“TENTPOLES.” THAT’S WHAT all these movies were called in early 2012, back when their releasing studios were relying on — and pouring megabucks into advertising — these “coming-this-summer” films with much-vaunted casts, budgets, stunts, and CGI special effects.

     Yet all these tentpoles and more, even with so many hopes, dollars, talents and expectations riding on them, pretty much went (and stayed) “saggy” from somewhere in Act Two onwards (if not sooner).

     And so it has been with far too many “tentpoles” over the last 20 years. Ultimately, no matter how “big” their budgets or star “names,” far too many do not end up feeling like complete, satisfying or enduring stories. And I want an end to it!!

     (Okay, The Dark Knight Rises was pretty good, but were you really satisfied with the patched-together, hodge-podge denouements of The Avengers and other duds above???)

     Indeed, the “sagginess” of these tentpoles ends up costing writers, producers, investors and studios hundreds of millions of potential dollars! And why is this happening?

     Because their weak set-ups and second-half fragmentations — in terms of MC Resolve: Change or Steadfast, MC Problem-Solving Style, MC Growth, MC Judgment, MC Purpose, Four Throughlines, OS Outcome, OS Limit, OS Driver, etc. — do not deliver the kind of depth, meaning and satisfaction that will draw this generation of consumers (much less the next one) to pay to see them en masse. We do not just watch movies for “spectacle”!

Whose fault is it?

Of course, it’s not like the marketers don’t try to make it sound like these tentpole movies are going to be meaningful must-sees with gripping characters coming to fulfilling, provocative conclusions!

     The teasers, trailers and clips are carefully put together to impress us not only with the tentpoles’ visual-spectacle potential, but also their “high drama,” “killer characters,” “unique settings,” or “thrilling conclusions”!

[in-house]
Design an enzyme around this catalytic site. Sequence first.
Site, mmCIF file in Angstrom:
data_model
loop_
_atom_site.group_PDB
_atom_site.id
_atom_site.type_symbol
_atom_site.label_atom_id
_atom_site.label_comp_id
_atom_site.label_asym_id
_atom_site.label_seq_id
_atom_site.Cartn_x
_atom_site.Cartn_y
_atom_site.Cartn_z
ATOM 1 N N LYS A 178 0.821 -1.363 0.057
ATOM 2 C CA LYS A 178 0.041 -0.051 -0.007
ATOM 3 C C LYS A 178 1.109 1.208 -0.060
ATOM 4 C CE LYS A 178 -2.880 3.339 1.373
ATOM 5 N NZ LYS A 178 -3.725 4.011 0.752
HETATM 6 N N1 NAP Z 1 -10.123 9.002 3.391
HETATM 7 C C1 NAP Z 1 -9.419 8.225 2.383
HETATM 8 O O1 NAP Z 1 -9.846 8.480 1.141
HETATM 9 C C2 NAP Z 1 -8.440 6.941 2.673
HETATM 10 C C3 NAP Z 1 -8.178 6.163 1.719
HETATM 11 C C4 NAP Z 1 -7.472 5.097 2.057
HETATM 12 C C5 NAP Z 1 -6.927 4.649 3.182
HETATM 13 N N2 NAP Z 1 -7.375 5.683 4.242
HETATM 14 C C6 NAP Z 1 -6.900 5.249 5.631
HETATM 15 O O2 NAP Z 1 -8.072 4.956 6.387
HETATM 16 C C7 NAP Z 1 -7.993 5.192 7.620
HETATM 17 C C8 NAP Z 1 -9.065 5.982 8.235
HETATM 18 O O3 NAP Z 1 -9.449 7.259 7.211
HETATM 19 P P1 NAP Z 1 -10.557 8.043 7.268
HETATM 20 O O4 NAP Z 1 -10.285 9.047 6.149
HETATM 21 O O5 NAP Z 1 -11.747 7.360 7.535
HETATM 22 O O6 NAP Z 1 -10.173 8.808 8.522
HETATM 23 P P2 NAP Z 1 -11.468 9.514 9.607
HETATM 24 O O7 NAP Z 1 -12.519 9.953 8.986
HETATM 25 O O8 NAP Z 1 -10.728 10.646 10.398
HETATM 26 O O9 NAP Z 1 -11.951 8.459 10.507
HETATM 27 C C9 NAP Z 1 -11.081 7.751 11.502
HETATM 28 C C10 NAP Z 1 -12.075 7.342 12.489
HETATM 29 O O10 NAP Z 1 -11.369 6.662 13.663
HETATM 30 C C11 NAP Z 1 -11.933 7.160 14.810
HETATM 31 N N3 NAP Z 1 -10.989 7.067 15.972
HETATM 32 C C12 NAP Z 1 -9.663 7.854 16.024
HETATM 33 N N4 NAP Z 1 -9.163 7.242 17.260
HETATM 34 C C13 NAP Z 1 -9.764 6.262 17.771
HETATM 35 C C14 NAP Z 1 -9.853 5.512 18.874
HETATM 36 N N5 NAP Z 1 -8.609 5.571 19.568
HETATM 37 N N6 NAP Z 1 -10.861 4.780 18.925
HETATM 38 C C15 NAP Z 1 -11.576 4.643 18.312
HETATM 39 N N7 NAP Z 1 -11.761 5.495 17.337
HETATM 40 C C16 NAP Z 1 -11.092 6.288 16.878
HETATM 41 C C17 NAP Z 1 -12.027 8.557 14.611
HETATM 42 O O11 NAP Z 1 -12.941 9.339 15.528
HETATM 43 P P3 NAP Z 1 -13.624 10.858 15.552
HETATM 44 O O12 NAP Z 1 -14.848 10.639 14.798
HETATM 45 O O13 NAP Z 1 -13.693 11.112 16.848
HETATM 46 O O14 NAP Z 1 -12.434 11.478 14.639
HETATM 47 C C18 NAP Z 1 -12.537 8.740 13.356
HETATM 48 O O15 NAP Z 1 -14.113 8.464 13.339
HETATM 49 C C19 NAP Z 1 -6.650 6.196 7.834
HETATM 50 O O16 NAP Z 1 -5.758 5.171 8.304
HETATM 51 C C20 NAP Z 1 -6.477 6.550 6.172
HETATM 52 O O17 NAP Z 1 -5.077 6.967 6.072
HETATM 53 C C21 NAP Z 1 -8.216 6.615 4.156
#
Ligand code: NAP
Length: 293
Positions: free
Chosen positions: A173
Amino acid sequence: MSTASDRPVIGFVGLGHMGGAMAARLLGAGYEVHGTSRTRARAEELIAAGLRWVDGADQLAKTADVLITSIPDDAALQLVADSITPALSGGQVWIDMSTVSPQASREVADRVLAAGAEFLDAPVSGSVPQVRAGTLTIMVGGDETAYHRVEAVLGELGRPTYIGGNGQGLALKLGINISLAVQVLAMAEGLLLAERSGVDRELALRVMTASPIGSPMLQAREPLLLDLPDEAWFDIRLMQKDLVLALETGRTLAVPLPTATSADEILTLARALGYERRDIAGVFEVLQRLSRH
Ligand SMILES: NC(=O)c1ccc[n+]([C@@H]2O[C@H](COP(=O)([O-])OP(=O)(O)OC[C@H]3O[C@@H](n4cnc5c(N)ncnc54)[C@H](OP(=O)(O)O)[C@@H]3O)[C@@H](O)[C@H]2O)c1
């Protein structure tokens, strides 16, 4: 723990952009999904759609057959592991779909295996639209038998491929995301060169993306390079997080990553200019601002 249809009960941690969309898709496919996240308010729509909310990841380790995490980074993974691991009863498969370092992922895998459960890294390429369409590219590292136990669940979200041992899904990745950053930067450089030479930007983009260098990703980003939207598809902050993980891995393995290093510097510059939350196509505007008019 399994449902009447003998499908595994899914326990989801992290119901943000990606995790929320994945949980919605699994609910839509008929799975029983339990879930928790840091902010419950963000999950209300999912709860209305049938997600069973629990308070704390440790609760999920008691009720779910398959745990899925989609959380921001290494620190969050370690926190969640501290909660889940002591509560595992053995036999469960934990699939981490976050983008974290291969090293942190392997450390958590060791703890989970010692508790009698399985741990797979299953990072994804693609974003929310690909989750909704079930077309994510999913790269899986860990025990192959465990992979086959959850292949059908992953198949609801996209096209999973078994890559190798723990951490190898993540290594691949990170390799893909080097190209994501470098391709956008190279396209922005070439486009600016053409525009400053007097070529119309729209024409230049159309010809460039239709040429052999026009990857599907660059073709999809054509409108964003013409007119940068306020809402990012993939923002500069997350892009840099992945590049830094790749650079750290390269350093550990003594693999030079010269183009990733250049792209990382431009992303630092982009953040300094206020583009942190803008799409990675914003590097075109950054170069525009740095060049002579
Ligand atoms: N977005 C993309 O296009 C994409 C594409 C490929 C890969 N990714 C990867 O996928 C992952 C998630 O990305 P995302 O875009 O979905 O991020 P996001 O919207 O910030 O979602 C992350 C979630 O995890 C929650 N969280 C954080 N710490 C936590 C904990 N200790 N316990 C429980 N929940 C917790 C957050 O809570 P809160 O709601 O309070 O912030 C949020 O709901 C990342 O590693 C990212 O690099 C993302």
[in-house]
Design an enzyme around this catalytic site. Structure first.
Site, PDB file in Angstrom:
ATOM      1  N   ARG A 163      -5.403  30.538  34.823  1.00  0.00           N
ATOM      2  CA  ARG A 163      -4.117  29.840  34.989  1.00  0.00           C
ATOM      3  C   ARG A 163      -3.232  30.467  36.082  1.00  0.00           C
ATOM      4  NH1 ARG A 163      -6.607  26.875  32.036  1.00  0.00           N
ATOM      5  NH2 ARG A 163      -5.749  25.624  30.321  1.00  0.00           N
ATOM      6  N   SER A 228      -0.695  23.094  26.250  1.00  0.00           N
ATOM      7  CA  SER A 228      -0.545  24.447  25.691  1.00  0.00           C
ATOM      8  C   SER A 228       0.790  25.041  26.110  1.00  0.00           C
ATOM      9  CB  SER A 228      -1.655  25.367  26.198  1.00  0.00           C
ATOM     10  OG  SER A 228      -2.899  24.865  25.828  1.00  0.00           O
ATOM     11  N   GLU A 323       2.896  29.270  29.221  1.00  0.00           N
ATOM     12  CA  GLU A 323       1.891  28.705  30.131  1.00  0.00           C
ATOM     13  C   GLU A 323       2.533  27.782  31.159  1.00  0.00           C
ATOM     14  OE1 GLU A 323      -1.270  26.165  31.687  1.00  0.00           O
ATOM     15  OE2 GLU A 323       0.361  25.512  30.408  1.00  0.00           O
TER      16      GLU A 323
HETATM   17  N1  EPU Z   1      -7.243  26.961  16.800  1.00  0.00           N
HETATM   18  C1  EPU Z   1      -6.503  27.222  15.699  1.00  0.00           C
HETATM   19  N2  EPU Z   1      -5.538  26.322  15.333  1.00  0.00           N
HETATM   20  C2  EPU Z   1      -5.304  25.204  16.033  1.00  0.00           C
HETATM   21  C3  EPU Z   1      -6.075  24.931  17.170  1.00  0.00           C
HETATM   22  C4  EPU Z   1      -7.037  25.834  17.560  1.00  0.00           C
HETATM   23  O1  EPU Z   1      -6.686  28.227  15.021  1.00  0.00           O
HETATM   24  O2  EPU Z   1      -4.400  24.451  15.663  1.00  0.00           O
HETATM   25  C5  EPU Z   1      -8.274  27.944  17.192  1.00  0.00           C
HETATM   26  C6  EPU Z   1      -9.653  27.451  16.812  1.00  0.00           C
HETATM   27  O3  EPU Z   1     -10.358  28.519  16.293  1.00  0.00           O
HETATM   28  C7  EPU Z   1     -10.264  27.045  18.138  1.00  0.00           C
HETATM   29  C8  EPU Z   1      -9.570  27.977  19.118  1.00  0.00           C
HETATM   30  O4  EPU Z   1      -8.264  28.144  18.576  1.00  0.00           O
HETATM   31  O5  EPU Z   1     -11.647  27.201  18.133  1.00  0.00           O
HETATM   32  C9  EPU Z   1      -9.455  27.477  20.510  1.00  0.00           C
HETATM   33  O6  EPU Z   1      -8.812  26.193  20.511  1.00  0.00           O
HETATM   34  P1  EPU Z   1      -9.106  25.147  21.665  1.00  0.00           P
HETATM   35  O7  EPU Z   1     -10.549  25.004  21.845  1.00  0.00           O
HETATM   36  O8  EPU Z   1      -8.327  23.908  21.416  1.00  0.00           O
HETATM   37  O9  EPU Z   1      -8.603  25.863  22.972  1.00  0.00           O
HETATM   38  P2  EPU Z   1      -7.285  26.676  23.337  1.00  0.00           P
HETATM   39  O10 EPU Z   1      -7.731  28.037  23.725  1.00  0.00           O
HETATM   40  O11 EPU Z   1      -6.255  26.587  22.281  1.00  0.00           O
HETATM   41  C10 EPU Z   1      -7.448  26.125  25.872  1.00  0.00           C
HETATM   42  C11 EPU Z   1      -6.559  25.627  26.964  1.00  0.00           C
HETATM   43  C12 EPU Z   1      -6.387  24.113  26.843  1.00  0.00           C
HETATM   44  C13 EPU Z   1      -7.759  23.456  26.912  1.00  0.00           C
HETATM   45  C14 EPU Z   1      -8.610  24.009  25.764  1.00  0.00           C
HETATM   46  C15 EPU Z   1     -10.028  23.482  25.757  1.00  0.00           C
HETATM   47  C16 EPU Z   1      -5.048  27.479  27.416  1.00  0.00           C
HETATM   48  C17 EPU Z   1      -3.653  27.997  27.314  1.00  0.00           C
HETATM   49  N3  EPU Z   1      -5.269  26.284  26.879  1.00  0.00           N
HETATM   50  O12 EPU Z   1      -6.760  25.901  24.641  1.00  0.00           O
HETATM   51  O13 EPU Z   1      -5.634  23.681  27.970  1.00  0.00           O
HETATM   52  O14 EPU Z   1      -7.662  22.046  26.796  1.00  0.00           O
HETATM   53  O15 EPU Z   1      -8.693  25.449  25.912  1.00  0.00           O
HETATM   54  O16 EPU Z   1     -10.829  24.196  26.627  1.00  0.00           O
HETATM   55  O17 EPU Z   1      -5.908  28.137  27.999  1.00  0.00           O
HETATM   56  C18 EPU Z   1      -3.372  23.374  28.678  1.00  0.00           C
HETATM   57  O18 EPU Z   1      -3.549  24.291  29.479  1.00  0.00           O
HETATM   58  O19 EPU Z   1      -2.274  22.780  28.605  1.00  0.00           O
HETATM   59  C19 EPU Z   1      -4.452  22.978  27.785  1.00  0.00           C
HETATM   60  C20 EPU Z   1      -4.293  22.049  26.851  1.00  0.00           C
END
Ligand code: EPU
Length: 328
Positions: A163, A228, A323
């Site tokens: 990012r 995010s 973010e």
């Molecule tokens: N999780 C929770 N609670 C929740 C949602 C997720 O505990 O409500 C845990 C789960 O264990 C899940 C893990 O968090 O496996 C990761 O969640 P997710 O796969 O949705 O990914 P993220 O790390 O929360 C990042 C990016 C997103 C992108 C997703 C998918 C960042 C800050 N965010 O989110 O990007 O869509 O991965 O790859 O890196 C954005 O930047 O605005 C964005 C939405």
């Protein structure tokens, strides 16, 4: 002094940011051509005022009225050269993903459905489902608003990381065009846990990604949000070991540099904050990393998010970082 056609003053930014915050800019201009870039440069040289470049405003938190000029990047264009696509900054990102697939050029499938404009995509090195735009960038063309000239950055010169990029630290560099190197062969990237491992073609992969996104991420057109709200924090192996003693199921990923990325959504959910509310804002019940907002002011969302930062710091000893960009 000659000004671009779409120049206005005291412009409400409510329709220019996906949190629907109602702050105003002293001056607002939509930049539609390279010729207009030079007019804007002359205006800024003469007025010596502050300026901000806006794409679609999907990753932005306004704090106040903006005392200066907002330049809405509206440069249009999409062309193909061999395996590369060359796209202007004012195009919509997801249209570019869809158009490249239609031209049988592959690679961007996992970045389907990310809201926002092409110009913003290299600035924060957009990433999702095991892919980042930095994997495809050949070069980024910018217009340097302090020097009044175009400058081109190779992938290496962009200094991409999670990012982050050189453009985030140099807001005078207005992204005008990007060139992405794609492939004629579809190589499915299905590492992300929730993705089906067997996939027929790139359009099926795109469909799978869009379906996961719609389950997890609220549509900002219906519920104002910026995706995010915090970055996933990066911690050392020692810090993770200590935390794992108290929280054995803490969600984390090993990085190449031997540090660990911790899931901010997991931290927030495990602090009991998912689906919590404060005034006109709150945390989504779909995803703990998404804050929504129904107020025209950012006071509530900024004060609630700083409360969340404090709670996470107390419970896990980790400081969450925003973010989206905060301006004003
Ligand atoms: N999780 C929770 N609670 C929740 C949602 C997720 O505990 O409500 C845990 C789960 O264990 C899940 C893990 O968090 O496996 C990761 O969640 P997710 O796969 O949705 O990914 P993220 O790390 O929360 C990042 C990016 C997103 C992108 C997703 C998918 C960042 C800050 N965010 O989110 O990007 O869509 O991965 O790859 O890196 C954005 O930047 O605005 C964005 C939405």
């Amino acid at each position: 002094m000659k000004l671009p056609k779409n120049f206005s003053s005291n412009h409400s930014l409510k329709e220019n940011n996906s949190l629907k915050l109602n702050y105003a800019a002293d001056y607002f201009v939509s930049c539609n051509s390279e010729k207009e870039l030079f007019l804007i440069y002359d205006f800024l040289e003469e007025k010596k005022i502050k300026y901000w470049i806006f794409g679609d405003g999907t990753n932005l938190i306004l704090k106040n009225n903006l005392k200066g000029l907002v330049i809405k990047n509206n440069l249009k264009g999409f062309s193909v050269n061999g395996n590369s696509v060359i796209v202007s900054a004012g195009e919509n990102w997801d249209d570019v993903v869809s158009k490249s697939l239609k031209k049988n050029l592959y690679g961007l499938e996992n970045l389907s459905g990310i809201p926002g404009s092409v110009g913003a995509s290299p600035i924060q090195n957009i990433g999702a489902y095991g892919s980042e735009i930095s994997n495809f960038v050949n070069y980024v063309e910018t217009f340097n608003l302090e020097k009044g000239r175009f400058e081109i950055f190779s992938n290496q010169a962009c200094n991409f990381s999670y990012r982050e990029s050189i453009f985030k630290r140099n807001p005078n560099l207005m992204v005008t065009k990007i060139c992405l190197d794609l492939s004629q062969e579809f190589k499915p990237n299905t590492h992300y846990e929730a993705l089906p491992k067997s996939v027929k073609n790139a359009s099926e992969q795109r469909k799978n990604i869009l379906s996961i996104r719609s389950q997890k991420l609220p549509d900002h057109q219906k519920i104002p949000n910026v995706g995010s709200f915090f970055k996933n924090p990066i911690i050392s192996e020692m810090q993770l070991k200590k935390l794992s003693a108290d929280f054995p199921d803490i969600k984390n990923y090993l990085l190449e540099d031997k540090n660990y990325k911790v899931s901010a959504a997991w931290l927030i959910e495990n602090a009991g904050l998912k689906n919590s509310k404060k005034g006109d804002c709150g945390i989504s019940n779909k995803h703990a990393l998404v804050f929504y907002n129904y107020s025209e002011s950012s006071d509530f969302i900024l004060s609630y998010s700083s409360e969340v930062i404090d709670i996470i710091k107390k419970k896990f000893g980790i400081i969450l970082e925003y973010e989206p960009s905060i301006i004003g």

Yet over the last 20 years or so, it seems like so many of the tentpoles have at best offered only the first three out of the above four, and the “thrilling conclusions” have actually turned out to be mostly tepid, lackluster, clichéd, shoulder-shrugging, forehead-scrunching, or otherwise disappointing and ill-conceived.

     So no, we can’t fairly blame the marketers, because their job is just to sell finished films. We can’t expect marketers to make sure upcoming films are actually going to contain these treasures that audiences have always wanted, from time immemorial!

Real source of the troubled tentpoles

Fact is — and I wish I didn’t have to say this — the troubled-tentpoles syndrome actually starts with most of the screenwriting and producing community’s lack of understanding about how meaning, fulfillment and the audience’s emotional satisfaction should actually be “engineered” into screenplays from early in their gestation — and how movies that don’t somehow intend to (and manage to) “take a superior-worldview position” almost always befuddle and disappoint audiences, leaving them little or nothing useful to think about or “take away.”